The horse boat continued after the introduction of steam. A letter exists from Messrs Waterman Brothers of Cremyll Yard with the specification and quotation new horse boat for the Earl of Mount Edgcumbe. The measurements were 36' x 10' 2" x 3' 9”. The cost was to be £14 18s if the bottom of the boat was to be tarred felted and coppered. £12 15s if the bottom was to be caulked and treated with pitch and tar. This letter is dated 10th of March 1903.
Mr A Lobb of Millbrook has supplied some interesting information about the horse boat. It had a ramp for unloading and therefore the boat came in stern first. The horse boat was capable of carrying two wheeled carts and their horses or it could be used for horses alone. Later the boat was capable of bringing over a 1 ton Ford van and a Daimler car. It was not in general service: a number of people have heard tell of the Earl of Mount Edgcumbe's coach being towed in the horse boat. It was available to others, however, and Mr Lobb says that farmers in the Rame Peninsula used it for sending produce by cart to Plymouth. It often carried flour and bread on the return journey from Stonehouse.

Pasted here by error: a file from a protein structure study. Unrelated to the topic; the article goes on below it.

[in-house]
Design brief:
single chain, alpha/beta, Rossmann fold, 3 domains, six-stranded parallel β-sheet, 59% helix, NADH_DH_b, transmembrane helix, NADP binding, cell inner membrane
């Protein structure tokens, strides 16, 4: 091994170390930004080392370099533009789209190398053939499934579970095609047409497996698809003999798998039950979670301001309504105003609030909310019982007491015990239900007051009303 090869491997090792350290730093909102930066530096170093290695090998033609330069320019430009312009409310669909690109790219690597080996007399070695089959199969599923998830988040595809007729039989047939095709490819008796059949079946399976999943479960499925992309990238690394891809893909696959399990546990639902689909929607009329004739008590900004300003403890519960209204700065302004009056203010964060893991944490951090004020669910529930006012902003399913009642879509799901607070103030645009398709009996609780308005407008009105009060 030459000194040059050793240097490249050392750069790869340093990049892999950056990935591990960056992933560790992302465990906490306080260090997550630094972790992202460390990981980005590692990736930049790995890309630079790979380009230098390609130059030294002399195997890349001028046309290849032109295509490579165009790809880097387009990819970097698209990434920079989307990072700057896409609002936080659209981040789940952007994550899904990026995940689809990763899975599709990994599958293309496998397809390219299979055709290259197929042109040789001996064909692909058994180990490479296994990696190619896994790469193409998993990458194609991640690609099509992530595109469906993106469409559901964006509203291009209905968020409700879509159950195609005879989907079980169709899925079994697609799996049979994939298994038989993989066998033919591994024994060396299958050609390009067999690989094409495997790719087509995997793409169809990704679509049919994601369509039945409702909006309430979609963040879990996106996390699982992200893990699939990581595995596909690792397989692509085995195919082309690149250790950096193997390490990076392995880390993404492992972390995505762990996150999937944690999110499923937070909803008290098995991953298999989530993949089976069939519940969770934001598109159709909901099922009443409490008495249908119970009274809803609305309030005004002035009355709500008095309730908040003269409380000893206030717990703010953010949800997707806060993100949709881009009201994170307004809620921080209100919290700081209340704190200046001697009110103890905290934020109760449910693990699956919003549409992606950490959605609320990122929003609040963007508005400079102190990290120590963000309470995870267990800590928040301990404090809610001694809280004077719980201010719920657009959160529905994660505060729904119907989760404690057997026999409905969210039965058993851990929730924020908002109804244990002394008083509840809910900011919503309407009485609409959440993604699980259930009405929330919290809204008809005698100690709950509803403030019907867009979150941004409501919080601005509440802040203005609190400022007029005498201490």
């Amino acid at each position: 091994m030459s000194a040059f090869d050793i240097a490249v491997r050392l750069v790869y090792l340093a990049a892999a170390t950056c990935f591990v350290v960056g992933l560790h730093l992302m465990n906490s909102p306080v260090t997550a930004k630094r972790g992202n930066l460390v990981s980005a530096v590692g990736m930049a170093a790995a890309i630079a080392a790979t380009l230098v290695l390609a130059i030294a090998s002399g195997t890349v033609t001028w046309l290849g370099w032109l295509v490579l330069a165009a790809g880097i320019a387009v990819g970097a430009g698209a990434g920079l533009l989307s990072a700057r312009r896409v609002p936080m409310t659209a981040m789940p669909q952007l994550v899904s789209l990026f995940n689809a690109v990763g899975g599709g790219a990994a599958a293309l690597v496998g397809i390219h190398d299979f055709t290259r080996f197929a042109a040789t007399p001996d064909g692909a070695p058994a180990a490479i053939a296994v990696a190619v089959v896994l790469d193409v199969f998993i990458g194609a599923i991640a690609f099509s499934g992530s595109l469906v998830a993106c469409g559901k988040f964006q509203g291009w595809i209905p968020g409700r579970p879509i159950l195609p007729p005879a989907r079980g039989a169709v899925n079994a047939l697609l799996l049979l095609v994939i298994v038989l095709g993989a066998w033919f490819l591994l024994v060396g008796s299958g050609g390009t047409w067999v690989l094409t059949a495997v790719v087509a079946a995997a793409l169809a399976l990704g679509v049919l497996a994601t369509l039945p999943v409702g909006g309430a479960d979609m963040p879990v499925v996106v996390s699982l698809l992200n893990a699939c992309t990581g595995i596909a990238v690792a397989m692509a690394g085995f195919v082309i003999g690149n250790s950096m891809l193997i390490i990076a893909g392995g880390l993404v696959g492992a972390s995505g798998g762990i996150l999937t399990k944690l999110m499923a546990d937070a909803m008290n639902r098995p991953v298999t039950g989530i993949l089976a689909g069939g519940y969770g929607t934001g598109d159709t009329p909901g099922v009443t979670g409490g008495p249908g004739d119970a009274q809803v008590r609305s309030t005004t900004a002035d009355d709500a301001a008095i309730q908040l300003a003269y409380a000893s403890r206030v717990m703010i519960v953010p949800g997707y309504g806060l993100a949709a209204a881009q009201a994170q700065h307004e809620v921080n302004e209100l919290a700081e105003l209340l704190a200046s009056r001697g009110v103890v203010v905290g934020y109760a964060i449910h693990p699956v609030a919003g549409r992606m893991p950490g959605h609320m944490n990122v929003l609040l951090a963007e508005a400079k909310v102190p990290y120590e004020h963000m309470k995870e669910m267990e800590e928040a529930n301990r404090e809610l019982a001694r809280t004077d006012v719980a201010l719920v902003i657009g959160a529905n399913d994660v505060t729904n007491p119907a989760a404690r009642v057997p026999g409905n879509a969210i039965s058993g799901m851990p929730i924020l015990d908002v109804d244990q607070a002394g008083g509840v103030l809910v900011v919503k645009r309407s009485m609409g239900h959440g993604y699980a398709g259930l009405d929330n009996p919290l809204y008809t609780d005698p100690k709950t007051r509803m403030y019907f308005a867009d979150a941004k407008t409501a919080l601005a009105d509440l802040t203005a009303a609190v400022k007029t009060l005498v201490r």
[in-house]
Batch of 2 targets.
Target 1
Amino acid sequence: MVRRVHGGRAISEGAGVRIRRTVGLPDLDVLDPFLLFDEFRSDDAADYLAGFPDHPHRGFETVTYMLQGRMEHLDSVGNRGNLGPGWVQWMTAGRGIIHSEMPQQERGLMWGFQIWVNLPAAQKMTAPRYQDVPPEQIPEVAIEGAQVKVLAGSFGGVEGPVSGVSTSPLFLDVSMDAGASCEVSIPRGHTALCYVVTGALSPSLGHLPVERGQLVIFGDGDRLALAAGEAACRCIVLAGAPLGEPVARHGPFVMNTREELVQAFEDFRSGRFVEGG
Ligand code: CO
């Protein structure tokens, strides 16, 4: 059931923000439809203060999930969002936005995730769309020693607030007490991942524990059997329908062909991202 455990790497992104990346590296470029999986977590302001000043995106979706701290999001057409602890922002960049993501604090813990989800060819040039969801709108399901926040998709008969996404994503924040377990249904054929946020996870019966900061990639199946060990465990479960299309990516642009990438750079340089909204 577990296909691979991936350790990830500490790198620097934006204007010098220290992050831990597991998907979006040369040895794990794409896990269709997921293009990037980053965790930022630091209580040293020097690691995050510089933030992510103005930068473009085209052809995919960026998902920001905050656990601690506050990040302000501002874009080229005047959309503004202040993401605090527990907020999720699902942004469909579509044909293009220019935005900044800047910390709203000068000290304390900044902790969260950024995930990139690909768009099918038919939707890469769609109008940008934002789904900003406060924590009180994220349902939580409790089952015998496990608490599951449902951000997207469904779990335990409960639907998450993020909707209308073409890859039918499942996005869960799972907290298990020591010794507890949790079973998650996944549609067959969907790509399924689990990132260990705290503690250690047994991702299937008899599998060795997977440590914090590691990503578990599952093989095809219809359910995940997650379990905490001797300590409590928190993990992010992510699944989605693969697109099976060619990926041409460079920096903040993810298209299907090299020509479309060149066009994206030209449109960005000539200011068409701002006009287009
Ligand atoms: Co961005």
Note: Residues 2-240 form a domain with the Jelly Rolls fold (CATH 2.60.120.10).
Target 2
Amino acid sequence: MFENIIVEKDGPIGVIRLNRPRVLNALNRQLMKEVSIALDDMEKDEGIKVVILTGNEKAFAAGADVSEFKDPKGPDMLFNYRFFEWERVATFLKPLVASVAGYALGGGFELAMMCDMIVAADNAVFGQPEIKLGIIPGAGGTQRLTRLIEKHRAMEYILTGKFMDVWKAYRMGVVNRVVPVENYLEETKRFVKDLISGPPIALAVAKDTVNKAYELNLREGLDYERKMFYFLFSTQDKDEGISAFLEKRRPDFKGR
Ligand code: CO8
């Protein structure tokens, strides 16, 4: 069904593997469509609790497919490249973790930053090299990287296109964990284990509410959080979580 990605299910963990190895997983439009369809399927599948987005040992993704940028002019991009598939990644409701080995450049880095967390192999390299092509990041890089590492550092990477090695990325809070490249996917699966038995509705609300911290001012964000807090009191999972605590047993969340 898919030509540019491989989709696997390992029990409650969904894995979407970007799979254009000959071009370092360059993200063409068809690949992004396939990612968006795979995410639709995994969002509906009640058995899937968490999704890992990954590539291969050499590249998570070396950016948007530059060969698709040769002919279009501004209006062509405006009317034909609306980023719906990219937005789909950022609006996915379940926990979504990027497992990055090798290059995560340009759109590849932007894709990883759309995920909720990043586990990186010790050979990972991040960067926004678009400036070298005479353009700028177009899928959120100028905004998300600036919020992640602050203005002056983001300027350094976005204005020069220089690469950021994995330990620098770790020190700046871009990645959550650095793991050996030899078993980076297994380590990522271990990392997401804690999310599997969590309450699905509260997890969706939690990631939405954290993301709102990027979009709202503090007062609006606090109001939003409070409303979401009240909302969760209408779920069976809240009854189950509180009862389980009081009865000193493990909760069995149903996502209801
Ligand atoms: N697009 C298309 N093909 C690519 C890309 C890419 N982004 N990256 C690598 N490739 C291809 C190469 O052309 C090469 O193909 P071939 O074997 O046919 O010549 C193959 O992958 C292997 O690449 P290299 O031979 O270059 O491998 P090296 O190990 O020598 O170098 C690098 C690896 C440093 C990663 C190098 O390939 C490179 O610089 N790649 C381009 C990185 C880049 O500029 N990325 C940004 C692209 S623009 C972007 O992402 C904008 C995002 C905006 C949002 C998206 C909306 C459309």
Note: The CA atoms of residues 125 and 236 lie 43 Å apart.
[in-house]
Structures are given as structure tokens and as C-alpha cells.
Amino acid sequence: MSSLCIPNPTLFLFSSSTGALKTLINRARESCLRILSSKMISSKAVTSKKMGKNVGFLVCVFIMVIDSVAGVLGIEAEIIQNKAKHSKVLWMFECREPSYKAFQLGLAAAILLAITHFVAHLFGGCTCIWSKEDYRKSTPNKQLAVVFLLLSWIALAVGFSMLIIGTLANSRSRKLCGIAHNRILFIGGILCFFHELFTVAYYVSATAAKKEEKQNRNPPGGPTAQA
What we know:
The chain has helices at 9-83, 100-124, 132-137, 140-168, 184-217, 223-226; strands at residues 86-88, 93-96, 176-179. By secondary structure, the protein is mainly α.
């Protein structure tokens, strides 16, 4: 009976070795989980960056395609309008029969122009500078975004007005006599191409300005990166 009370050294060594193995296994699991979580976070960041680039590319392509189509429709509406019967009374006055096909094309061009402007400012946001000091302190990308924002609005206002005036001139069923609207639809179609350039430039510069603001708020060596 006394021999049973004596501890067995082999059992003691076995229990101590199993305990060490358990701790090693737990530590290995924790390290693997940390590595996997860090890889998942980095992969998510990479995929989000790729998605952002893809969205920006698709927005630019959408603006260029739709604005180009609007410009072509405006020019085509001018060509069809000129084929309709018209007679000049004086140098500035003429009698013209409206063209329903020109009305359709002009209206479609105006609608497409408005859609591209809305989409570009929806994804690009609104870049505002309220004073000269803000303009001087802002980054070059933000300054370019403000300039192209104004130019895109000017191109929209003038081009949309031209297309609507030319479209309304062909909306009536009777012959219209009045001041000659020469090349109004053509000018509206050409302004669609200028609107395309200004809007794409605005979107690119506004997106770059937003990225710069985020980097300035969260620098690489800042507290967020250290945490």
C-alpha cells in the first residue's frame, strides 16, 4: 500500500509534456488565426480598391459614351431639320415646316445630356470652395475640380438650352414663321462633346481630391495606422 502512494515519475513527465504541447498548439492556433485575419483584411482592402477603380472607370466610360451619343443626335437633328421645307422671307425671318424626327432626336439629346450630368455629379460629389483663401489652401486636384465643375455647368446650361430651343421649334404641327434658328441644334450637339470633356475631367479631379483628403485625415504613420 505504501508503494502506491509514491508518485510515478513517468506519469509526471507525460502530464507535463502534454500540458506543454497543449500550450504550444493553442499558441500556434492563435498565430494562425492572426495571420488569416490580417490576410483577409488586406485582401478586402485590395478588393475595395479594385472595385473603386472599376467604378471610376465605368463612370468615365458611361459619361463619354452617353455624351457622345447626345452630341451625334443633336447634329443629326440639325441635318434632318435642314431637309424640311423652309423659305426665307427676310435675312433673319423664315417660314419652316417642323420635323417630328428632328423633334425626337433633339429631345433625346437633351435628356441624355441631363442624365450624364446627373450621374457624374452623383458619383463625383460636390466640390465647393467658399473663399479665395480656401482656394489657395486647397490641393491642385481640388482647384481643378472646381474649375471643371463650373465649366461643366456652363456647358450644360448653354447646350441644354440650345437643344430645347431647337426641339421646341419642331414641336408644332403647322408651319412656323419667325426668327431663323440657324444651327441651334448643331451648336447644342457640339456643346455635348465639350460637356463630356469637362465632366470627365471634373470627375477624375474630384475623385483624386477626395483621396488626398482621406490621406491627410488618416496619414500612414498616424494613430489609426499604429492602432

The horse boat was towed by one of the passenger boats and at Admirals Hard it was cast loose and pulled and manoeuvred to the beach called the ‘Commissary’, just south of the Hard. At Cremyll there is a hand winch [still there] to the south of the toll office which was used to dragging the horse boat up onto the shingle. The return fare seems to have been 3s 6d though only 2s 6d when cars and vans were carried. Although the horse boat had to be booked in advance, it was much used and there was queuing as there was only an hourly crossing.
It was not unknown for the tow rope of the horse boat to break during stormy weather and (writes Mr Willcocks) serious delays were sometimes experienced in picking up the almost unmanageable horse boat. The increased use of motor haulage during the 1920s and 1930s and the greater facilities offered by the Torpoint Ferry for a quicker trip to Plymouth led to the gradual decline in the use of the horse boat. Mr S. F. Shepherd was an engineer on the ferry boats from 1937 to January 1940 during which time the horse boat was still in use. In his opinion that shortly after January 1940 the horse boat either broke away or was lost. On his return from Naval service in 1945 there was no trace of it.
13 August 2006